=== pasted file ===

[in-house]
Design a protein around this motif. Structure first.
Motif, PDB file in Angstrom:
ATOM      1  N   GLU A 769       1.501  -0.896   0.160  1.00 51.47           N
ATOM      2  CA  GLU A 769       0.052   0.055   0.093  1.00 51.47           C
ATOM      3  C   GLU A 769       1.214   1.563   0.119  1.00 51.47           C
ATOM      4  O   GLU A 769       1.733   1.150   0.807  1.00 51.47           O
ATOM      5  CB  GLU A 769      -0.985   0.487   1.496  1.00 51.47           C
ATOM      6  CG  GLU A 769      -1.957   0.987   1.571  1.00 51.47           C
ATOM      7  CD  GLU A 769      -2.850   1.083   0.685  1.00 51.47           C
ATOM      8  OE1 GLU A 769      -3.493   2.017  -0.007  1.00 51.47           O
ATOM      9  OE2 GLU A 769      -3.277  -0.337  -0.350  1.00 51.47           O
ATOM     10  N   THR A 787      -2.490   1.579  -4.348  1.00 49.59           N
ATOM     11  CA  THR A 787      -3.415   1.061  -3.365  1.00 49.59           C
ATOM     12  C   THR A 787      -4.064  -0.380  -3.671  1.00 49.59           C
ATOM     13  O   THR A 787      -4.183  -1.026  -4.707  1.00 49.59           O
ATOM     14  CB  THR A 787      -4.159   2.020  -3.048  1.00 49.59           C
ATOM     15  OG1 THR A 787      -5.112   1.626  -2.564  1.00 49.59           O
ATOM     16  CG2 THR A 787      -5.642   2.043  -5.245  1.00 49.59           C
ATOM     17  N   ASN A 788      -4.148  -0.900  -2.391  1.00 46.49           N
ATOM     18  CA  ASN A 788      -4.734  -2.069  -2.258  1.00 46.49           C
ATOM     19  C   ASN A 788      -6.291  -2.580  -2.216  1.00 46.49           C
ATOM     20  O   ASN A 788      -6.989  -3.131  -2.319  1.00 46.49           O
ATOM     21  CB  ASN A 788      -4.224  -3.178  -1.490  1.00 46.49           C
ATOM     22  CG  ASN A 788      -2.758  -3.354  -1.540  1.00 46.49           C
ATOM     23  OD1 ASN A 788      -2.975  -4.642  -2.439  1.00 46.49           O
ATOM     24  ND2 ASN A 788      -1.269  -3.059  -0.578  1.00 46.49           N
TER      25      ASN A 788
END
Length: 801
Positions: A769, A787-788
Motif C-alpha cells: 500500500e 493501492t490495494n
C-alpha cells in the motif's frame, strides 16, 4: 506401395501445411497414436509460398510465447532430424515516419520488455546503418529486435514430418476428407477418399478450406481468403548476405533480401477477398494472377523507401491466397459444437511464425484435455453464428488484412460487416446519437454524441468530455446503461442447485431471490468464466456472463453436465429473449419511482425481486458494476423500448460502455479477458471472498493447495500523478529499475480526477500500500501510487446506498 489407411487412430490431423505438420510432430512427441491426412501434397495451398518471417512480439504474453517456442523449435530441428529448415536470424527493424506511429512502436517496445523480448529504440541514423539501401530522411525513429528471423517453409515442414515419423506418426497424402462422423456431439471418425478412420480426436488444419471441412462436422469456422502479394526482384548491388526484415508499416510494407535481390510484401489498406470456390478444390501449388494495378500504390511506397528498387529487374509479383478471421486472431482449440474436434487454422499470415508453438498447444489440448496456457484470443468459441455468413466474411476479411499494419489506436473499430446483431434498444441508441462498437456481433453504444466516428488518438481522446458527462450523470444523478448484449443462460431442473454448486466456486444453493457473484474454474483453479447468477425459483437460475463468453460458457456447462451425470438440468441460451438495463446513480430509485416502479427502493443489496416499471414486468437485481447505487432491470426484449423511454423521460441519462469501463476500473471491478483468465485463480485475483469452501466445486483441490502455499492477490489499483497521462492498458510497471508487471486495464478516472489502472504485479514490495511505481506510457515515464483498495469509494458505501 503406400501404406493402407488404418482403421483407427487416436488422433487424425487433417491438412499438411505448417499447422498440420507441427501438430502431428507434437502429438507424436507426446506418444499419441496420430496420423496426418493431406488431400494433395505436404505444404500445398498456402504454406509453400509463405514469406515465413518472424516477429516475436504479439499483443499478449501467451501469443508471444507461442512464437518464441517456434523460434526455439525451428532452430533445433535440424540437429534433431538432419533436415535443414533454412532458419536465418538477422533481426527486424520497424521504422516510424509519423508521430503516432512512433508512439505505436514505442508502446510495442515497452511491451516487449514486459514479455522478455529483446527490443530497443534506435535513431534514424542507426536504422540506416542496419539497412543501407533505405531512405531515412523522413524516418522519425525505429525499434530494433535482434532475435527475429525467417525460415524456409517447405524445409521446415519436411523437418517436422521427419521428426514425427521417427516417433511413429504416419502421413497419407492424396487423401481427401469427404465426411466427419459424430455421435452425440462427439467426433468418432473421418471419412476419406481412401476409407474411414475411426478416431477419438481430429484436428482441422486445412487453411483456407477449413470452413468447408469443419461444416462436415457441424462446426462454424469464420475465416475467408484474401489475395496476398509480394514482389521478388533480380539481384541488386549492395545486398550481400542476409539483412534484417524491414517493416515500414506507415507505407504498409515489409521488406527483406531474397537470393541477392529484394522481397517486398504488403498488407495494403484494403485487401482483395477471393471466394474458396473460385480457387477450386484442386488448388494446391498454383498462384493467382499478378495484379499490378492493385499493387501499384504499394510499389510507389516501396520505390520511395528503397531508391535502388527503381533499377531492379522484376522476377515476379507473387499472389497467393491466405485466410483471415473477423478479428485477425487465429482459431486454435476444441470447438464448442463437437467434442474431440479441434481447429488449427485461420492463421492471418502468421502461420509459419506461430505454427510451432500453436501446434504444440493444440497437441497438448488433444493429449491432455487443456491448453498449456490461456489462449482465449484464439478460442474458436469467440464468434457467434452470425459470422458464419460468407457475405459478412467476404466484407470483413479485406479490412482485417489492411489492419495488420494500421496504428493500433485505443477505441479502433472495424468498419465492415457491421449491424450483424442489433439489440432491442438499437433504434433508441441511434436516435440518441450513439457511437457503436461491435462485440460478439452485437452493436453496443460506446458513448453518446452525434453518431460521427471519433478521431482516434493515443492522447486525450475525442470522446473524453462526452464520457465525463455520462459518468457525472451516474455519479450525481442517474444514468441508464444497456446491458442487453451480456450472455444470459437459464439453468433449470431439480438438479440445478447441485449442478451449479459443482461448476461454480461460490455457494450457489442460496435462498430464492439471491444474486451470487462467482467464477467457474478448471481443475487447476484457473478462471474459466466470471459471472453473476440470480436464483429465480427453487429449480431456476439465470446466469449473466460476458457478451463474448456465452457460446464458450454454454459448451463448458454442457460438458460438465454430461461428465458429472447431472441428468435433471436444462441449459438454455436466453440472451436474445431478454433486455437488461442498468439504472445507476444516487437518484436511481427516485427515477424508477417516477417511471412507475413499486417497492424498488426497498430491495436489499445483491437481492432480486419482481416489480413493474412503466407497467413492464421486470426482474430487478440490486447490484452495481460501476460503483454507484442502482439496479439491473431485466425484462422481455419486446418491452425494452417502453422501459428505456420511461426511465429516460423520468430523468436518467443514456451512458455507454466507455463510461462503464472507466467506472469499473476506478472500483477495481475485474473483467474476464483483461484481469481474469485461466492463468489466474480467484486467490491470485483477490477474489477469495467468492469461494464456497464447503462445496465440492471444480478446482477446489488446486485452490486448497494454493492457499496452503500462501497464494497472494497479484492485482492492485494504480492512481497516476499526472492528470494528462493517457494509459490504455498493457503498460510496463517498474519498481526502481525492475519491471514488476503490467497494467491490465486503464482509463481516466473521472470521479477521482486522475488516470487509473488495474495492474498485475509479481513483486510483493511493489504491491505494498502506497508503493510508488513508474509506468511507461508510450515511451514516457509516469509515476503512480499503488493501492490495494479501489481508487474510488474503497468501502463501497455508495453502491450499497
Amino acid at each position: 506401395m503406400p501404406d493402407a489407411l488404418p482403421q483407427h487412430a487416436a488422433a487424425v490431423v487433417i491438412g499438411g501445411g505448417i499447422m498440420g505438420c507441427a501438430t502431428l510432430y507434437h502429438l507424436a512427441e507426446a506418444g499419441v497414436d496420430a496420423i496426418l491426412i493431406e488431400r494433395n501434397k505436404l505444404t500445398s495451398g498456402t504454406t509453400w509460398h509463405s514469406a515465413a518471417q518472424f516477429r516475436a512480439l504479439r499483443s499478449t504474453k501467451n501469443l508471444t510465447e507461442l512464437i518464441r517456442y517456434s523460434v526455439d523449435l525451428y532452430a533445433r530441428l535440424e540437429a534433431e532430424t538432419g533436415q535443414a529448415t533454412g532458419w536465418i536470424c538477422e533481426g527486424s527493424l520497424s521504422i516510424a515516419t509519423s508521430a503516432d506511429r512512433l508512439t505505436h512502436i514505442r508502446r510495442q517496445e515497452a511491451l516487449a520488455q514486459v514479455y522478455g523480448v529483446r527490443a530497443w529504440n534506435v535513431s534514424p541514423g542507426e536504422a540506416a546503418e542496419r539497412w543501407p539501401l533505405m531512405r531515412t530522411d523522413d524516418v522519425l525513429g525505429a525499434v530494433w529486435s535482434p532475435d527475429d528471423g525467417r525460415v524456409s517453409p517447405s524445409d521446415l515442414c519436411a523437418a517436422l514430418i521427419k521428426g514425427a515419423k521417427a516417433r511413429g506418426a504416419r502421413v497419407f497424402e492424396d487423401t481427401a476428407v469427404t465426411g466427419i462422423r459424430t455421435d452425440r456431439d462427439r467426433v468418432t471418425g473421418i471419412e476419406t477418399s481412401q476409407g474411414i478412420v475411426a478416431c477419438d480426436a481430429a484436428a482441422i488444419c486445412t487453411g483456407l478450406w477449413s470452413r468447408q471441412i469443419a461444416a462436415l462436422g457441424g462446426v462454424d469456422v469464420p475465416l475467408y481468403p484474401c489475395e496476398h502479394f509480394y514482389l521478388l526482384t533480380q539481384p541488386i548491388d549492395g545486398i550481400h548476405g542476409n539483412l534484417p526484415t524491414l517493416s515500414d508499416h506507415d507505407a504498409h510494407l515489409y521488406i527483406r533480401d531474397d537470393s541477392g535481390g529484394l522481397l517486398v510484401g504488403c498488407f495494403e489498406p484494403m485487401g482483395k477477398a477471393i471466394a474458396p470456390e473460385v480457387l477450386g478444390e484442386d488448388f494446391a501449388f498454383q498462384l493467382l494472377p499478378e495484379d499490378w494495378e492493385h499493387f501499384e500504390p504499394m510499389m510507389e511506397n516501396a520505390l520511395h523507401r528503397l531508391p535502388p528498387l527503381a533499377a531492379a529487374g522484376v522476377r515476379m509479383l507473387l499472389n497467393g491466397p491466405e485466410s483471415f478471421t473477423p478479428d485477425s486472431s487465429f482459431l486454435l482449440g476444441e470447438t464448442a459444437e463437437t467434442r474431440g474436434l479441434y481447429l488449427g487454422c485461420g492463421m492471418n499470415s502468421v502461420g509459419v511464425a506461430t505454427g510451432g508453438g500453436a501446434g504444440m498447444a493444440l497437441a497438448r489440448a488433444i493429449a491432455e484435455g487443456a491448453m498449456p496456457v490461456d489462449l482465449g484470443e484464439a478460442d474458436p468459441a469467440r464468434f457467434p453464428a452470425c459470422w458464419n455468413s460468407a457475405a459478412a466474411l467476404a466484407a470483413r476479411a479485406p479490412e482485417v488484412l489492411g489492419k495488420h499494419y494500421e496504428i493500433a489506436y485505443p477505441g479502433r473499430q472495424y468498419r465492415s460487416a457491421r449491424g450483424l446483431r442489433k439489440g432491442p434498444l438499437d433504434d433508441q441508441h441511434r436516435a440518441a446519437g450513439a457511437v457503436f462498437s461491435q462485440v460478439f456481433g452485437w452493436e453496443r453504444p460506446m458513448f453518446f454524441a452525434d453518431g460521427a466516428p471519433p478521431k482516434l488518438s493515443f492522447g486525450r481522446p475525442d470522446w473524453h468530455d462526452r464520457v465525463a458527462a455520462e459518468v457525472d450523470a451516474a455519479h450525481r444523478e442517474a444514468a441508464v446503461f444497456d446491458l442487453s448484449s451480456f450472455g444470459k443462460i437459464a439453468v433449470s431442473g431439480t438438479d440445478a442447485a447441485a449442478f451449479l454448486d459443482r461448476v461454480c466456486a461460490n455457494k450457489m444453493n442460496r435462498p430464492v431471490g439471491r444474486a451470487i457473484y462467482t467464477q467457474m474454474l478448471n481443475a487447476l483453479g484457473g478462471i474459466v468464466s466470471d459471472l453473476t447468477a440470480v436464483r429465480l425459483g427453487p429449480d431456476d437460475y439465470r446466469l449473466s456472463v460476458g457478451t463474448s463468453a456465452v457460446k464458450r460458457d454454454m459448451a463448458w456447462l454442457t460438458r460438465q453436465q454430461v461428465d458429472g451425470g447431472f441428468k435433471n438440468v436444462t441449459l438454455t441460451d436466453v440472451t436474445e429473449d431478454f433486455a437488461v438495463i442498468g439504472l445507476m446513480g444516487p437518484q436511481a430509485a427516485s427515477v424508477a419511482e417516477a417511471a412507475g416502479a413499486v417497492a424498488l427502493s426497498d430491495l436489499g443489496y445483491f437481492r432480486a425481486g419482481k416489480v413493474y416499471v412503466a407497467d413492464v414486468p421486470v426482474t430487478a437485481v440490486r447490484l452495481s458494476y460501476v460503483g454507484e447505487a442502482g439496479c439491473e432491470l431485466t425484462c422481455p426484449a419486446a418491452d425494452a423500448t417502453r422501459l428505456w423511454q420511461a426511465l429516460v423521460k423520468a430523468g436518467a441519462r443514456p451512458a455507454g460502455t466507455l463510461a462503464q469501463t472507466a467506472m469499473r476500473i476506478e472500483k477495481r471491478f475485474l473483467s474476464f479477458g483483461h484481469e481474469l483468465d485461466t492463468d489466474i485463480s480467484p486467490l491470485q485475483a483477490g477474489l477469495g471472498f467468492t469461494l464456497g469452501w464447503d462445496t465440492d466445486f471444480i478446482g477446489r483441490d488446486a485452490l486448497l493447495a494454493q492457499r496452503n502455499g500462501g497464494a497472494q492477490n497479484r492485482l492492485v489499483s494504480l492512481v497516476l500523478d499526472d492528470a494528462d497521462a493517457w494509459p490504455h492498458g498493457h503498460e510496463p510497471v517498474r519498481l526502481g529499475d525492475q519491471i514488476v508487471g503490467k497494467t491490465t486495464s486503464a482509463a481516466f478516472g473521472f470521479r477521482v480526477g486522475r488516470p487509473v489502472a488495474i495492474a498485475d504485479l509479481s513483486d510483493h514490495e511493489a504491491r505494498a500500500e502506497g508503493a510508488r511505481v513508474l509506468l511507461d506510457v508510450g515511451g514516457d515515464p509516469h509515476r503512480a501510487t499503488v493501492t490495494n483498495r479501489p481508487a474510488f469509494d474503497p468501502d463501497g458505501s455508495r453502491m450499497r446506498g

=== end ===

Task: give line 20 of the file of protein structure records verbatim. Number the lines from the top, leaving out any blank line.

ATOM     17  N   ASN A 788      -4.148  -0.900  -2.391  1.00 46.49           N